Speaking of 10mm games, Spartan Games’ Firestorm Planetfall miniatures are starting to become generally available including the new Leviathans. Compared to Dropzone Commander the miniatures are probably lacking but the comparison may not necessarily be fair. Spartan has gone for a simpler, chunkier look and the models generally have much more mass than Hawk’s. The surface detail is amazing but they opted for simpler models so you do not get the overall complexity of shape or ultra-fine detail as you do with Hawk. The Planetfall infantry are quite nice and have a unique basing design. But they also seem closer to 12mm but one can argue they are in powered armor so should be larger. Yet there is no doubt they look quite nice and give further uses for those now collecting 10mm terrain.
I got distracted by some of the very nice 15mm sci-fi miniatures being done by Khurasan Miniatures. Specifically the new Zantin Reconquest line and the new units for the Nova Respublik Crimson Army. The GOTA line replaces the NAC as my favorite sci-fi 15mm infantry (with the Arc Fleet Heavy Infantry from Critical Mass Games a close second). Also new was the Kickstarter from ACP Games with their new Vanir dropship. They also included a good deal on their existing line of units along with a new Humvee-esque vehicle. Looks like our Gruntz rules will see some action soon.
28mm Sci-Fi and Modern
Not to be left out, I’ve at least been looking at my Deadzone Enforcers sittting on my table needing paint. I’ve made some progress on assembling the new hard plastic Enforcers as well. These are light years better than the restic stuff but still mix in just fine. The Anvil Industry Kickstarter has still not arrived so I was spared that distraction only to have the Beasts of War show off some 28mm modern vehicles from Empress Miniatures. These look really amazing. That motivated me to finish up an old 28mm Antenociti APC that is unfortunately no longer available. Squirrel!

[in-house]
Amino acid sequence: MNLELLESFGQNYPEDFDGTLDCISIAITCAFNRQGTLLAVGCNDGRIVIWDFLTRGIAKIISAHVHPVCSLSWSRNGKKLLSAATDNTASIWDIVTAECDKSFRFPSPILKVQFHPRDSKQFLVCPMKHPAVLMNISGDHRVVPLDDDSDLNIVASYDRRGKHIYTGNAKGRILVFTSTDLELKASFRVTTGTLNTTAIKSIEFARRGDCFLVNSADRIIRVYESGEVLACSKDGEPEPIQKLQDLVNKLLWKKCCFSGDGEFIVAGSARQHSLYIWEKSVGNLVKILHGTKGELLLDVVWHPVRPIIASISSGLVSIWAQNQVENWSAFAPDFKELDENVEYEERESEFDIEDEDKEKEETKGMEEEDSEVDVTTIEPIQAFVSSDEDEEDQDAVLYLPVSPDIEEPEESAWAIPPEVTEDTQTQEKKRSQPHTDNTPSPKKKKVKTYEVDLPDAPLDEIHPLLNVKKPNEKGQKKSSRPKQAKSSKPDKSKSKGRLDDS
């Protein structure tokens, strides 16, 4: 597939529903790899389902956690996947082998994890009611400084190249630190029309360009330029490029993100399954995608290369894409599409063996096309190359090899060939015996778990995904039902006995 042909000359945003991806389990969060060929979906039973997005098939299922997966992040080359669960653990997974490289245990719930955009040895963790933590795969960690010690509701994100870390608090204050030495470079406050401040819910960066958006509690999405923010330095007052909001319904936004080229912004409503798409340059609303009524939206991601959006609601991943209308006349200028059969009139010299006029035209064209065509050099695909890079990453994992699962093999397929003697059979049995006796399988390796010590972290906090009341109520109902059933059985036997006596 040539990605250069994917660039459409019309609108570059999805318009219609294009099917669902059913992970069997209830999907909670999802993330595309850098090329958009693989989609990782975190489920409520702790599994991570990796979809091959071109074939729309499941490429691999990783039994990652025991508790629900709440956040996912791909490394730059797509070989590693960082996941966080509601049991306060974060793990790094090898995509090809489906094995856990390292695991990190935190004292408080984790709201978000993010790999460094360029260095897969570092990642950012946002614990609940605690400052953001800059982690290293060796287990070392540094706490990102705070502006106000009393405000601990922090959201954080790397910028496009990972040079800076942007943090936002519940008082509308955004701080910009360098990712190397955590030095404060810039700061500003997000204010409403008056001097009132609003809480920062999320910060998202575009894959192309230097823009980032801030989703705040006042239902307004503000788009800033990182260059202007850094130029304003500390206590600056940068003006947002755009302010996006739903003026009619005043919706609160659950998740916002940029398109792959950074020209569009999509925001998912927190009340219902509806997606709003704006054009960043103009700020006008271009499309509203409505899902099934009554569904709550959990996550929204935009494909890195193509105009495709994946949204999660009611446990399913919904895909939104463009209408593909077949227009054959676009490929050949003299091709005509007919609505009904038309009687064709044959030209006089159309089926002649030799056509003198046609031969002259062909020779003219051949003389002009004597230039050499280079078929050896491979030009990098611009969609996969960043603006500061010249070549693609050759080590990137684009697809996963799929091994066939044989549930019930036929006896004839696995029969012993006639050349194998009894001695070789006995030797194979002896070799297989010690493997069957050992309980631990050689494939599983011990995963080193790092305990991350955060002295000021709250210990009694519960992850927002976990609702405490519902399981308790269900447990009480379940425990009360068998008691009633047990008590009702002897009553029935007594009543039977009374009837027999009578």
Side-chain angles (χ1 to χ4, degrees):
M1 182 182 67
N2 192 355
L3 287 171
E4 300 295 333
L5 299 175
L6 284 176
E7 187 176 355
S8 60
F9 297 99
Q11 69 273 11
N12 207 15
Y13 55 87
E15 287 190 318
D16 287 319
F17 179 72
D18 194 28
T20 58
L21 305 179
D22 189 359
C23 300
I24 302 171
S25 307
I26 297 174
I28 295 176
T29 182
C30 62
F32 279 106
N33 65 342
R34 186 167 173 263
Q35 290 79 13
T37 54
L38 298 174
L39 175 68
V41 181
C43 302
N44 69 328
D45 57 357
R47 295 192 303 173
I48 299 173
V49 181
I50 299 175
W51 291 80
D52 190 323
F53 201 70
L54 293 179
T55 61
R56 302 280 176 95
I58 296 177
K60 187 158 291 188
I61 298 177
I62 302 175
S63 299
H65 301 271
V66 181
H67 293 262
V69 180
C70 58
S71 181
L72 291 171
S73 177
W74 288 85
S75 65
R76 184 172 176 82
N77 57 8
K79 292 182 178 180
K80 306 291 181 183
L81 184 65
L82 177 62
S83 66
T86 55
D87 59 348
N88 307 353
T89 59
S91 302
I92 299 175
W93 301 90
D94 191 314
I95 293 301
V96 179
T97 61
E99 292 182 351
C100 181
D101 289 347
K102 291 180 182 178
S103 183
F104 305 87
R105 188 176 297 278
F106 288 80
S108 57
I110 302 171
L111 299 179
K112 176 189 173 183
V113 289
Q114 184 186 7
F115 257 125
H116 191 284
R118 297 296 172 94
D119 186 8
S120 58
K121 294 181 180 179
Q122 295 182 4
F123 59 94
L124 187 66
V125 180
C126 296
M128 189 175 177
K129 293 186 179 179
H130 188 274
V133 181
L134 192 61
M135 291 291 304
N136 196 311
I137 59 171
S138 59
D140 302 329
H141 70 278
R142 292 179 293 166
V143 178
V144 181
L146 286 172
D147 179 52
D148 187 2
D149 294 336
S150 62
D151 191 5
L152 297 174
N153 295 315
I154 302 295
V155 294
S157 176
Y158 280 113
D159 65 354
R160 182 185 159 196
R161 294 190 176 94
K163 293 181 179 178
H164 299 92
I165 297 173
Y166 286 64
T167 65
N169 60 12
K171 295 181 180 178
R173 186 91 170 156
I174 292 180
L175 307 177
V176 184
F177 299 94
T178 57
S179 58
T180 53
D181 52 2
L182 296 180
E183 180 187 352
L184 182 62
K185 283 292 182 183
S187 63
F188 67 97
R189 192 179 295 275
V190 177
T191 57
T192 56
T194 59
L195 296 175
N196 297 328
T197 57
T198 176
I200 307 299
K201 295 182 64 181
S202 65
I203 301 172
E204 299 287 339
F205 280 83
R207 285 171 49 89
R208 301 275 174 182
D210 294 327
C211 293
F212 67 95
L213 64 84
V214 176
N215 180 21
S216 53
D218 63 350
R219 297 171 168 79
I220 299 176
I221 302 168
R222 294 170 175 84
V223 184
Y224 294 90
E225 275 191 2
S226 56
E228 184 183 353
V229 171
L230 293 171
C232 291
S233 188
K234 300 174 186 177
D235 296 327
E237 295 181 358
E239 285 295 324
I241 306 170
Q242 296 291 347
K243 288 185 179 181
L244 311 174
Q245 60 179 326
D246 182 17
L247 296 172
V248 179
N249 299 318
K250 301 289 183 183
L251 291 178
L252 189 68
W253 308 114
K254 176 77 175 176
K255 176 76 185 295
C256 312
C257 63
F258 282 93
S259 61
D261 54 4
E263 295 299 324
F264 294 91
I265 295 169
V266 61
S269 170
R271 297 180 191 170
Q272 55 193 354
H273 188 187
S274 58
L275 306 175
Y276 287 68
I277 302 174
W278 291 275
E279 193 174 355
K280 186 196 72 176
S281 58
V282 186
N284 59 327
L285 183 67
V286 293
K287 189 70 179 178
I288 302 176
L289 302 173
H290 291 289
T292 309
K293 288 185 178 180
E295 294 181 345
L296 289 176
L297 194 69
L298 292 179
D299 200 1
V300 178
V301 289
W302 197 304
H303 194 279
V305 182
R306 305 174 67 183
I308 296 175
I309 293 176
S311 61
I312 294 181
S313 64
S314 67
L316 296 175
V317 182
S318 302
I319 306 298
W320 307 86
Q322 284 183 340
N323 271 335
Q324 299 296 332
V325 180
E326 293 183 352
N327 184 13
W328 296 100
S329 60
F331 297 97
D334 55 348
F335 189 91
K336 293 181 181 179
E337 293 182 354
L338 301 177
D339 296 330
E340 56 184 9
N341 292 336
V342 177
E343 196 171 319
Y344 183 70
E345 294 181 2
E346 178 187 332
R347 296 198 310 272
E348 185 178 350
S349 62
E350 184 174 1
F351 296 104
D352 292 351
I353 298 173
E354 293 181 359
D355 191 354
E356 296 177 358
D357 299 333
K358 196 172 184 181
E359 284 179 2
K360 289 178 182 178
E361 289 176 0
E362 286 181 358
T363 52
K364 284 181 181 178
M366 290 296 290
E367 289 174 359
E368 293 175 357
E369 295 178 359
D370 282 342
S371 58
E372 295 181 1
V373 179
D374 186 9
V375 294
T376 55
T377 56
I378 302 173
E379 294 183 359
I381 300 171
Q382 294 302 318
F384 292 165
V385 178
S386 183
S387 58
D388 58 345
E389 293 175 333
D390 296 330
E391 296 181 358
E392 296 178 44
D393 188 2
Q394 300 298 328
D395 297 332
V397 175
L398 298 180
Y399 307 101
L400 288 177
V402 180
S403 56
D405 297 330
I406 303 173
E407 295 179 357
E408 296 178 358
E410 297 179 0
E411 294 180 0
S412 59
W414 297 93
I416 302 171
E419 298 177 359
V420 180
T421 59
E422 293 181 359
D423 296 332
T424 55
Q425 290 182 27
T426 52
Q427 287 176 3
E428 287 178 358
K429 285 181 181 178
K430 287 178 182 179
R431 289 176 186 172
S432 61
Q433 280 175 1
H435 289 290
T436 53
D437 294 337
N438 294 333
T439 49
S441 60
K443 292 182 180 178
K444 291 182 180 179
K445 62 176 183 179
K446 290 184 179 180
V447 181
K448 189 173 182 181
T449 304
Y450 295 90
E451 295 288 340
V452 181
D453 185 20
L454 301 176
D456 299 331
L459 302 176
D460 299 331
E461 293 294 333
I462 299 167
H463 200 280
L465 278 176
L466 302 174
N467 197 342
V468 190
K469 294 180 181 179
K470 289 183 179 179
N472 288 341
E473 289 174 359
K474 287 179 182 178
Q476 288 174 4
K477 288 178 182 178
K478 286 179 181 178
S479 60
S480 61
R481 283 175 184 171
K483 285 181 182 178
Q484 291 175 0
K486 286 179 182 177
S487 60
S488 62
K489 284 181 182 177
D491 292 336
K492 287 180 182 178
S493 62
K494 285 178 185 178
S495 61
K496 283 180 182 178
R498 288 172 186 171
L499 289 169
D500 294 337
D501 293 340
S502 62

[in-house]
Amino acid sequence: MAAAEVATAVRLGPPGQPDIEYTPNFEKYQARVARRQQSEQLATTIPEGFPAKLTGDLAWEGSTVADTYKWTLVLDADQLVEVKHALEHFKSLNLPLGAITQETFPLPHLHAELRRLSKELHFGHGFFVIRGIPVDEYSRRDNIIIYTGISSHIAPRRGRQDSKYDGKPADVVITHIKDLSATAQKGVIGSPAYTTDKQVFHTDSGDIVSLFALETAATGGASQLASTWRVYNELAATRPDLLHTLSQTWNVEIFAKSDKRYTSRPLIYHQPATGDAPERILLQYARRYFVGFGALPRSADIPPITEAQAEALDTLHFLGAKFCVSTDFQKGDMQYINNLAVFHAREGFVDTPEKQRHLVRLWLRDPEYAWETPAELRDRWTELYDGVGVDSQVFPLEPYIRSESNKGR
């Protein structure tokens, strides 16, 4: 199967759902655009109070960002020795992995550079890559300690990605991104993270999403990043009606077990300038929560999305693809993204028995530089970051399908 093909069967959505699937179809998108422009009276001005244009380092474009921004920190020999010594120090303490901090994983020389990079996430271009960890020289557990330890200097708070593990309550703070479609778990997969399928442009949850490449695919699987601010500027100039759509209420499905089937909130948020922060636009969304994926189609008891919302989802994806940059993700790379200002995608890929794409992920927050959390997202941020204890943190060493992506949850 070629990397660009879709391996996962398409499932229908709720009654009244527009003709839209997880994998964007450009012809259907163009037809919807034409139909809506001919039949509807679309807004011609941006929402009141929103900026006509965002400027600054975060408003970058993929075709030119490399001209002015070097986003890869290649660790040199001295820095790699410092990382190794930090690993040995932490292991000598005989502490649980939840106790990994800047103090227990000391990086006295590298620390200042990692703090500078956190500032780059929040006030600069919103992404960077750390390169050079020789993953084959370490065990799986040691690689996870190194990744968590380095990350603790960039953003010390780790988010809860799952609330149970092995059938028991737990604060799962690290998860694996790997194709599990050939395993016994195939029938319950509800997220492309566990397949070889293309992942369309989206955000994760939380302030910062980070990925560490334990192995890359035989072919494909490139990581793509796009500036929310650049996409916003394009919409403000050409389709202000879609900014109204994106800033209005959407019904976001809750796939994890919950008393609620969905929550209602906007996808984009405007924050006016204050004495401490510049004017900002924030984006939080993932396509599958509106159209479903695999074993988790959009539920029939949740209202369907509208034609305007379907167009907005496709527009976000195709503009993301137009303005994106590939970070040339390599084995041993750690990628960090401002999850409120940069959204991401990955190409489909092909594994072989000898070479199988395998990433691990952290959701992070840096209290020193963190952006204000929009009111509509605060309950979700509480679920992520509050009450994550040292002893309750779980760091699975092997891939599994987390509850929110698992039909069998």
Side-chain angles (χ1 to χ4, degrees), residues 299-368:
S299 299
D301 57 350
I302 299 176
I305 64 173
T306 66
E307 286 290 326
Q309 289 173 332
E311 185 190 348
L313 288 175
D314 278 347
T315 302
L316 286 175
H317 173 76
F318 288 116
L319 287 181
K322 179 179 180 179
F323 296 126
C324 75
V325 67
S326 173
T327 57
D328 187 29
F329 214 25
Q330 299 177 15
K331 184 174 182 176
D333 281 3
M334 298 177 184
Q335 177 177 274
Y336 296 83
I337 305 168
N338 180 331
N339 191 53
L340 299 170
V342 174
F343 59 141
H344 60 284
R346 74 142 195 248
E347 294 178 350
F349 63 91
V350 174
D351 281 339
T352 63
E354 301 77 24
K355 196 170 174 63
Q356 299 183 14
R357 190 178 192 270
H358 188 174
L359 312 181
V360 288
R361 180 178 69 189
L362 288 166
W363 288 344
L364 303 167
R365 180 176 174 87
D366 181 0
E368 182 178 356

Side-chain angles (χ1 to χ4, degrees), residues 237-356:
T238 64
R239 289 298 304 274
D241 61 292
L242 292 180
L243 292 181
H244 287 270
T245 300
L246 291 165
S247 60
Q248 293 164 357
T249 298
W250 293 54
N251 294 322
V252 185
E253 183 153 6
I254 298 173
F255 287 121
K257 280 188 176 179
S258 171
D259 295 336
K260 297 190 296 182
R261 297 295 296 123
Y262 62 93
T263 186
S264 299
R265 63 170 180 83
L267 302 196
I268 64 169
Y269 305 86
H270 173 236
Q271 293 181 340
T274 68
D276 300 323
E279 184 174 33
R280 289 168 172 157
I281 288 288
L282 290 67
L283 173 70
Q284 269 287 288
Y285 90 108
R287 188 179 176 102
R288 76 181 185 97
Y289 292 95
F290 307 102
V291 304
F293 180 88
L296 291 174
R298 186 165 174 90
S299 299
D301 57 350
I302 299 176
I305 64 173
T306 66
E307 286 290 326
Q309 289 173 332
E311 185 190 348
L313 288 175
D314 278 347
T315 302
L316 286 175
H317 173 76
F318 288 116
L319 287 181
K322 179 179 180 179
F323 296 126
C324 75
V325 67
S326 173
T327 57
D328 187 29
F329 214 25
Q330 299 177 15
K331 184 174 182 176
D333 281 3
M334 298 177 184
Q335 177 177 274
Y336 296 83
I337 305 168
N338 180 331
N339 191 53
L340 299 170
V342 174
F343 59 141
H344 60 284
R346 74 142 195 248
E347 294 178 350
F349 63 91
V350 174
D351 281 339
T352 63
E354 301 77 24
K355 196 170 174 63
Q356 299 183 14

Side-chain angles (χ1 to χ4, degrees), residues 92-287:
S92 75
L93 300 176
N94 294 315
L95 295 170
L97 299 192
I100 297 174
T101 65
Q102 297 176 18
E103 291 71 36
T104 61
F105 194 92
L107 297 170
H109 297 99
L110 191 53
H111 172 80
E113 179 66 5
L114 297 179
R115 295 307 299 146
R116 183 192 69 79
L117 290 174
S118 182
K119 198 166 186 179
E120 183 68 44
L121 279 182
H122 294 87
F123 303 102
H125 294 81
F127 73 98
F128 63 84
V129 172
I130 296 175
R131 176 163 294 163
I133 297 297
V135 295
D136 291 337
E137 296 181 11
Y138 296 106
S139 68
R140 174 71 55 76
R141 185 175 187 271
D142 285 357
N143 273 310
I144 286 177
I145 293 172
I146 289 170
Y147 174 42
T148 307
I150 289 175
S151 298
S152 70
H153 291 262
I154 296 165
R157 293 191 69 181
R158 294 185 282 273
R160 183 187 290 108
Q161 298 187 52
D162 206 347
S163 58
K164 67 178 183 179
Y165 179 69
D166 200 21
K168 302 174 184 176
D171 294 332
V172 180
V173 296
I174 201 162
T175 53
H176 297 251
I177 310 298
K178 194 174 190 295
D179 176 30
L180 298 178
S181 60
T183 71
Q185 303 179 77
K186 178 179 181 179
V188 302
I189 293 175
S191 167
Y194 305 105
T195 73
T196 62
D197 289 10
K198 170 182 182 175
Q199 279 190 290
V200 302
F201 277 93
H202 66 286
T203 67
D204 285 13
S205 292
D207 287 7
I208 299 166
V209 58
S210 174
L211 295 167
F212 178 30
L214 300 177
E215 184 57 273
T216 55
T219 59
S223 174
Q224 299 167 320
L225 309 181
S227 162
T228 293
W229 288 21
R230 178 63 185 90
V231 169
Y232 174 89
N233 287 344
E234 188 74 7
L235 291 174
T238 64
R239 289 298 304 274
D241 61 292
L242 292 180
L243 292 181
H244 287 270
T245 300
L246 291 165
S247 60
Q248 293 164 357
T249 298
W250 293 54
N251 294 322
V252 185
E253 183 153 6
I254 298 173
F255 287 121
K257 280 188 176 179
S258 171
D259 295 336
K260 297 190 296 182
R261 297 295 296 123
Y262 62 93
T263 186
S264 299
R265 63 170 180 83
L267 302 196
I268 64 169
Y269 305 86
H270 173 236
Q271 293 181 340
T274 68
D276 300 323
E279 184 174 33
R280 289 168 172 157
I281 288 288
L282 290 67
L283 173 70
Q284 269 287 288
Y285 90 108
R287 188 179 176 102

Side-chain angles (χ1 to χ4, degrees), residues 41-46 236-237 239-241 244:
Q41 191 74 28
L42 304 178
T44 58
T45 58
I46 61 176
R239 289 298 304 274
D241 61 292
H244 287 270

Star Wars: Armada
Last but not least Fantasy Flight Games released Star Wars: Armada after an extended delay due to dock strikes. The game was worth the wait and offers a fun but fast starship combat game. It won’t replace Firestorm Armada but for those who love Star Wars or simply do not want to paint it is certainly a great option. Speaking of painting, while the capital ships in the game come painted just as nicely as the X-Wing miniatures the small fighters are just colored plastic. After seeing Steven MacLauchlan and other folks paint theirs I had to take a crack as well. In just a few hours you have some nicely painted fighters that reward the effort.